Different ways in which enhancement is conceived: The teaching or learning enhancement sought using TEL are said to be characteristic of 3 themes, which can again be sub-categorized. Firstly, operational improvement was conceived such as for increasing flexibility in resource material for students and improving retention. Secondly, quantitative changes in learning were expected such as improved student engagement or time-spent in tasks or better test scores etc. Finally, qualitative changes in learning were also sought in terms of better understanding, more student reflection or critical awareness etc. A correlation was visible between intervention type used and conceived enhancement. For instance, Intervention types 1 and 2 i.e. ‘replication’ and ‘supplementing’ are seen to focus on operational improvement or quantitative change, while Intervention type 3 i.e. ‘transforming learning experiences’ conceived enhancements in qualitative changes.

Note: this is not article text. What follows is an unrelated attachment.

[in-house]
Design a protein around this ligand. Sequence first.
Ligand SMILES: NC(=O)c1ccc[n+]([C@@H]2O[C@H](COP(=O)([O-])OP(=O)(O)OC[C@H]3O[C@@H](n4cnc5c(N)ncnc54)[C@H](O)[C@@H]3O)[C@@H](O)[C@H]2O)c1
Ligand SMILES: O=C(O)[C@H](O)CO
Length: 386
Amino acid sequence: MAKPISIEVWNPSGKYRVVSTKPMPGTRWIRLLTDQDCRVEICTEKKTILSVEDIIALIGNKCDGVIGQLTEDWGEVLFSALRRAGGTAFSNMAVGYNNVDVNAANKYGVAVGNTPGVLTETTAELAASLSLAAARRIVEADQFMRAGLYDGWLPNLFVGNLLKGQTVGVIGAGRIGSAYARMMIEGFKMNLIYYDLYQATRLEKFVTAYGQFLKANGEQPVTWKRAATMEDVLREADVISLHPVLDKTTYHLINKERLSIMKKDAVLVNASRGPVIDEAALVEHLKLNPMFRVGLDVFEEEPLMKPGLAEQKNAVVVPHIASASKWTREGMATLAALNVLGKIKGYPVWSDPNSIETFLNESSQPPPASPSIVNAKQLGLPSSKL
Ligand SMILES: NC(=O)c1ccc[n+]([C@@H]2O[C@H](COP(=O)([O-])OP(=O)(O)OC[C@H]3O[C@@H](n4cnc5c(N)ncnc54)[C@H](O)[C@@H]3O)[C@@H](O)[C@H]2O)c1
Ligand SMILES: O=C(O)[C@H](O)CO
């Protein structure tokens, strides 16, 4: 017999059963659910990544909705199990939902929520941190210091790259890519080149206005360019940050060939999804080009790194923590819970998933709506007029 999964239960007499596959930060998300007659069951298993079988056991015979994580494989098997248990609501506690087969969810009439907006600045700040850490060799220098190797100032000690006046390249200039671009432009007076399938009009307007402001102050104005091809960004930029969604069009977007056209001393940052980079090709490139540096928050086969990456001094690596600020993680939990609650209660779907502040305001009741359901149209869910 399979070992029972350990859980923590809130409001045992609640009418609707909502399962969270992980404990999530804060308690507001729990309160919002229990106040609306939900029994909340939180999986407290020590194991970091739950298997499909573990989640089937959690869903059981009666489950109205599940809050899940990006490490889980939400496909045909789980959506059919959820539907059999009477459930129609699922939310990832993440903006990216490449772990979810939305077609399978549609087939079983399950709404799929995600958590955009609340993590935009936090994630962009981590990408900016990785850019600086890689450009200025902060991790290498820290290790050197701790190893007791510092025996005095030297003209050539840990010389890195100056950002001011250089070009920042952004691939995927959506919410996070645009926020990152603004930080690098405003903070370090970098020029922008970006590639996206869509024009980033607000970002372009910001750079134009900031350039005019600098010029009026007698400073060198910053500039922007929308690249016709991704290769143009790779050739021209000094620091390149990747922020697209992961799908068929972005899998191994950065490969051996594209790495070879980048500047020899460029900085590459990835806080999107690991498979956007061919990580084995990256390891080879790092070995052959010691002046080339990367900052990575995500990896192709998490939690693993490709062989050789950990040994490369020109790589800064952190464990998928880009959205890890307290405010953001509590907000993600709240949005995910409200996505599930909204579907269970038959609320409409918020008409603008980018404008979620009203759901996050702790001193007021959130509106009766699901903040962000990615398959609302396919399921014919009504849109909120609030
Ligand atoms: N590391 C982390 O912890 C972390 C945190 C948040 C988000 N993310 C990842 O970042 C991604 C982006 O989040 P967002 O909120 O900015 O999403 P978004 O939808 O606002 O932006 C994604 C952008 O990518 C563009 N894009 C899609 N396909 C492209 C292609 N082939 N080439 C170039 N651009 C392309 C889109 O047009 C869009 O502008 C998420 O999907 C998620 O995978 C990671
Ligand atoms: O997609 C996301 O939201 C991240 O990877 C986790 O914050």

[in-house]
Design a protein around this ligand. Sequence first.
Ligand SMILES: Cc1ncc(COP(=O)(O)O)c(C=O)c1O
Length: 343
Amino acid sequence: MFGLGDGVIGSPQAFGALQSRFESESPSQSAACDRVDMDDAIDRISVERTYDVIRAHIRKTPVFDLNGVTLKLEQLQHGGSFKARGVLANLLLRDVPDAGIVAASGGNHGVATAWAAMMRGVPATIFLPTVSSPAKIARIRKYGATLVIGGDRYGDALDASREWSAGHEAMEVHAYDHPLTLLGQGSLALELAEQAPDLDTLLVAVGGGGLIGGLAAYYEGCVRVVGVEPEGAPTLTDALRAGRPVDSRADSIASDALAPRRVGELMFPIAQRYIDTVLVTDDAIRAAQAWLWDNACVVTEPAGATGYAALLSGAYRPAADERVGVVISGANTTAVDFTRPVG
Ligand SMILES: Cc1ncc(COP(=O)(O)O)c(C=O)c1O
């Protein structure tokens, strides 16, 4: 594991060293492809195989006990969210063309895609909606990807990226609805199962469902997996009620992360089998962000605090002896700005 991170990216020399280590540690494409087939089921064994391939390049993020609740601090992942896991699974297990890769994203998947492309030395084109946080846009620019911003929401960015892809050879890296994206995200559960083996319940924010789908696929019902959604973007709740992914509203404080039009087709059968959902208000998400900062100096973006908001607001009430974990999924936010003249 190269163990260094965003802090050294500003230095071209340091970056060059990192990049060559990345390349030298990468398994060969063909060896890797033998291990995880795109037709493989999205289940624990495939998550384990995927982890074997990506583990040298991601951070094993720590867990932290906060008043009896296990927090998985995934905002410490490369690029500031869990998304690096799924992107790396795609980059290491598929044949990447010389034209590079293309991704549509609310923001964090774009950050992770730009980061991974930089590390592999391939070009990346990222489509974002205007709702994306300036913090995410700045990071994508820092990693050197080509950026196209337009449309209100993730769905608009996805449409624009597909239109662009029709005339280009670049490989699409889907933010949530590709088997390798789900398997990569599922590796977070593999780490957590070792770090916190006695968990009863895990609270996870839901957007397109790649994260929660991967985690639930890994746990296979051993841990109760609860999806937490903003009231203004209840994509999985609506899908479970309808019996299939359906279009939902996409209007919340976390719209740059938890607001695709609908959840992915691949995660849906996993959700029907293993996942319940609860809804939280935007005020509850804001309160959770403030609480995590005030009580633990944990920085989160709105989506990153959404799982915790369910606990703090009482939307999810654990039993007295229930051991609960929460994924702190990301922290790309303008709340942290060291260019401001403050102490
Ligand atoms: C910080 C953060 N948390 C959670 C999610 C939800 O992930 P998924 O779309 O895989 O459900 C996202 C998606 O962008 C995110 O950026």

Differing forms of evidence collected to demonstrate enhancement: In each study, the type of data used varies as different approaches and data collection methods were adopted such as interviews, questionnaires, student self-report surveys and performance measures, etc. As such, the conceived enhancement is also seen to be dependent on this factor. For instance, use of only quantitative methods, as in the case of Intervention type 1 and 2, showed enhancement in terms of operational improvement and/or quantitative changes. However, use of only qualitative investigation methods, as in the case of Intervention type 3, showed evidence of qualitative change in learning.